Ha'aretz: An Israeli-Arab Psychologist Has Become Germany's Staunchest Islam Critic
Israeli-born psychologist and author Ahmad Mansour, 43, one of Germany's most prominent critics of Islam, established MIND Prevention, the institute for democratization and prevention of extremism, in Berlin. Two of his books featured on Der Spiegel's best-seller list in recent years. Mansour, who left Israel 15 year ago, dedicates much of his time to fighting anti-Semitism and hatred of Israel among Muslims.

Asked about anti-Semitism in Germany, Mansour said: "In the big cities, it is dangerous today to walk the streets with a kippah or Star of David. There is an Israeli restaurant in Berlin that is attacked weekly. Youths are attacked in schools because of their Judaism. I spoke with the principal of a Jewish high school in Berlin. He says people register their children there not necessarily because it's Jewish, but rather because their children suffer in public schools [from bullying, etc.]. There are [Jewish] families who are thinking of emigrating. There are people I work with, my friends, who talk about it daily. They're scared."
Rocket Fired From Gaza Into Southern Israel, IDF Hits Back With Strikes on Hamas Targets
A rocket was fired from the Hamas-ruled Gaza Strip into southern Israel on Thursday evening.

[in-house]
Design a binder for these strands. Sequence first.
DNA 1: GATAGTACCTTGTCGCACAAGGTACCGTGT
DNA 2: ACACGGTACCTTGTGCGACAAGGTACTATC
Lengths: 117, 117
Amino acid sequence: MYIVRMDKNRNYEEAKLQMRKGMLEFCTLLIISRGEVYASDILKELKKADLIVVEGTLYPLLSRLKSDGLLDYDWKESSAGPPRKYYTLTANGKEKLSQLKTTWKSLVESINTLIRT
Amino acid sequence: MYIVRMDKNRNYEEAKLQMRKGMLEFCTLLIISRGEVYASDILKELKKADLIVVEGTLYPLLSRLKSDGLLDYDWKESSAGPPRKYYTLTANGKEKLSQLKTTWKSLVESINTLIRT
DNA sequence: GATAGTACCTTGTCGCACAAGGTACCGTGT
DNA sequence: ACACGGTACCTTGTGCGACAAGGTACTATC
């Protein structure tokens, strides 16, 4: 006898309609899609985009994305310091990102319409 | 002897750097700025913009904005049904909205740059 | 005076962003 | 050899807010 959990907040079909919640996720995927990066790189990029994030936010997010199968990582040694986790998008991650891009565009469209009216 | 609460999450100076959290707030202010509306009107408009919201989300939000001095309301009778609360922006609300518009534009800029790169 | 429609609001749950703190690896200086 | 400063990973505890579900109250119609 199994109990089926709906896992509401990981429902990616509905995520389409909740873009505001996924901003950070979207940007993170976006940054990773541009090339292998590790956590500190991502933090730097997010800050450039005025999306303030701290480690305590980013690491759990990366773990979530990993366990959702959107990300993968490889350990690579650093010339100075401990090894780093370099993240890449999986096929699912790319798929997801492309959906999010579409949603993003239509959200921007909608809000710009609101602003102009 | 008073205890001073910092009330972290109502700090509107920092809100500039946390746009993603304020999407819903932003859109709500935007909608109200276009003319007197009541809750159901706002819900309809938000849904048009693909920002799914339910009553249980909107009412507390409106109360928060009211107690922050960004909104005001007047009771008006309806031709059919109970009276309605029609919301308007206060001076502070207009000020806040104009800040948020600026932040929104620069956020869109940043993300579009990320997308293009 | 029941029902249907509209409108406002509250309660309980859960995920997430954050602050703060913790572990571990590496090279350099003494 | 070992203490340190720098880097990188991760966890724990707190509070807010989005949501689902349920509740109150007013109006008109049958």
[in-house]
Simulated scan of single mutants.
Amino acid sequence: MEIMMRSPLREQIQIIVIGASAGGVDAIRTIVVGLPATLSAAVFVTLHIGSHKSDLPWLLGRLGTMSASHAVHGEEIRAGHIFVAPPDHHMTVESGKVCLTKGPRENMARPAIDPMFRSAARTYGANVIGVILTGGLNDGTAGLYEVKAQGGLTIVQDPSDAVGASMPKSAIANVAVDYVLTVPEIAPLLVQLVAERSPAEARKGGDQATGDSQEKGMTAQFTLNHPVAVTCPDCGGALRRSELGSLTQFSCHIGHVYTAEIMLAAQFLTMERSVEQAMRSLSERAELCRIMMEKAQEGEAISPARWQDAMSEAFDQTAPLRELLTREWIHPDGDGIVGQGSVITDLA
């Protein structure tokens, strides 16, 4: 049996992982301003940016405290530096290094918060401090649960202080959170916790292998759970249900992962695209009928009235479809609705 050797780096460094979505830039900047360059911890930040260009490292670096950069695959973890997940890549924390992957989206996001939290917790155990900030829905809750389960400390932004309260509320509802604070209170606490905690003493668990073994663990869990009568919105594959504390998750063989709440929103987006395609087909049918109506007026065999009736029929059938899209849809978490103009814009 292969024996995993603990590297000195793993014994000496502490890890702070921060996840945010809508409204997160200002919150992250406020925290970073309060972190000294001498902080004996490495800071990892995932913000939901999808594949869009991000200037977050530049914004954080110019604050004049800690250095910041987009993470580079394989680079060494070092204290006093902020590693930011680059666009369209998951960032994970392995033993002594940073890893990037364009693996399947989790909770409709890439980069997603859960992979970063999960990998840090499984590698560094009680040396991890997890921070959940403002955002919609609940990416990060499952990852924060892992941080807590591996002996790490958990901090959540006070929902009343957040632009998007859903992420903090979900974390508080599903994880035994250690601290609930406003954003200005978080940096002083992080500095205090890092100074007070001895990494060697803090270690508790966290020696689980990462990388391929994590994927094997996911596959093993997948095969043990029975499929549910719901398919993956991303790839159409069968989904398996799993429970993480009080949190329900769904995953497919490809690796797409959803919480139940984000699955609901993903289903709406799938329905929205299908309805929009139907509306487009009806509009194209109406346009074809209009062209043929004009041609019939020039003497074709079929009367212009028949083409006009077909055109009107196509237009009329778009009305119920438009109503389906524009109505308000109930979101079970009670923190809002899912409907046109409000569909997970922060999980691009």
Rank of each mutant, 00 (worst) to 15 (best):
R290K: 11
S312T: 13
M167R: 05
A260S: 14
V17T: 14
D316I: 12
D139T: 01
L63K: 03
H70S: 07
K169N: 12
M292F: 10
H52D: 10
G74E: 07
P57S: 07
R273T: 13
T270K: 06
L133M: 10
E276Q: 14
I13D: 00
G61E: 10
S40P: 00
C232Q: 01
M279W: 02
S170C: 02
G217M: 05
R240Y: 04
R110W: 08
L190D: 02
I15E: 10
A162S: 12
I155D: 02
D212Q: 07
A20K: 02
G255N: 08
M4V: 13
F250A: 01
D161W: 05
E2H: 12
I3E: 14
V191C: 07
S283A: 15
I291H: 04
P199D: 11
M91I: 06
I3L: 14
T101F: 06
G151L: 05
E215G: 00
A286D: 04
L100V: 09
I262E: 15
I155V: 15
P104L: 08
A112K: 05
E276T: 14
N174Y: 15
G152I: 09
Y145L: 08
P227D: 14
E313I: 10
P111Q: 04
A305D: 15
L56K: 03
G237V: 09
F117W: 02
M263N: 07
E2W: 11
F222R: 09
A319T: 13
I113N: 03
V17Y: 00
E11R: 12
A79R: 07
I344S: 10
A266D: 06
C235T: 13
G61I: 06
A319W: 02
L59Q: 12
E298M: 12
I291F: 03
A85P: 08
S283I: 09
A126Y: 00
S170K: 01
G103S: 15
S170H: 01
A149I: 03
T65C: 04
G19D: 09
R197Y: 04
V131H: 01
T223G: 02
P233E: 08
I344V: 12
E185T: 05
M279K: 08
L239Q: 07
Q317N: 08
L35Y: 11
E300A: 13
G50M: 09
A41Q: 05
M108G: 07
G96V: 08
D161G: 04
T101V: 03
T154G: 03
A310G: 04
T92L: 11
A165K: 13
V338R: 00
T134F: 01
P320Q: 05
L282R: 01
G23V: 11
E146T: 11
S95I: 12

Yediot Ahronot reported that warning sirens were heard around 8 p.m. local time in Israeli communities near the Gaza border and residents reported hearing a single explosion.

An IDF spokesman said a rocket launch was detected and an Iron Dome aerial defense battery was activated. It is not clear whether the rocket was intercepted or fell in an open area. No injuries or damage were reported.

Later on Thursday, the IDF responded with strikes on two Hamas military positions in northern Gaza.

The rocket fire came following a period of relative calm along the Israel-Gaza border. False alarms were sounded on Sunday and last Thursday, one of them prompting the activation of Iron Dome, though this was later revealed to be the result of a misidentification.

At the beginning of October, two rockets were launched from Gaza, but fell inside the Strip.
Israel to Extradite Russian Hacker to US, Ending Hopes of Prisoner Exchange
Israeli Justice Minister Amir Ohana on Wednesday signed the extradition order of Russian hacker Aleksey Burkov, who is wanted in the United States on suspicion of cyber crimes.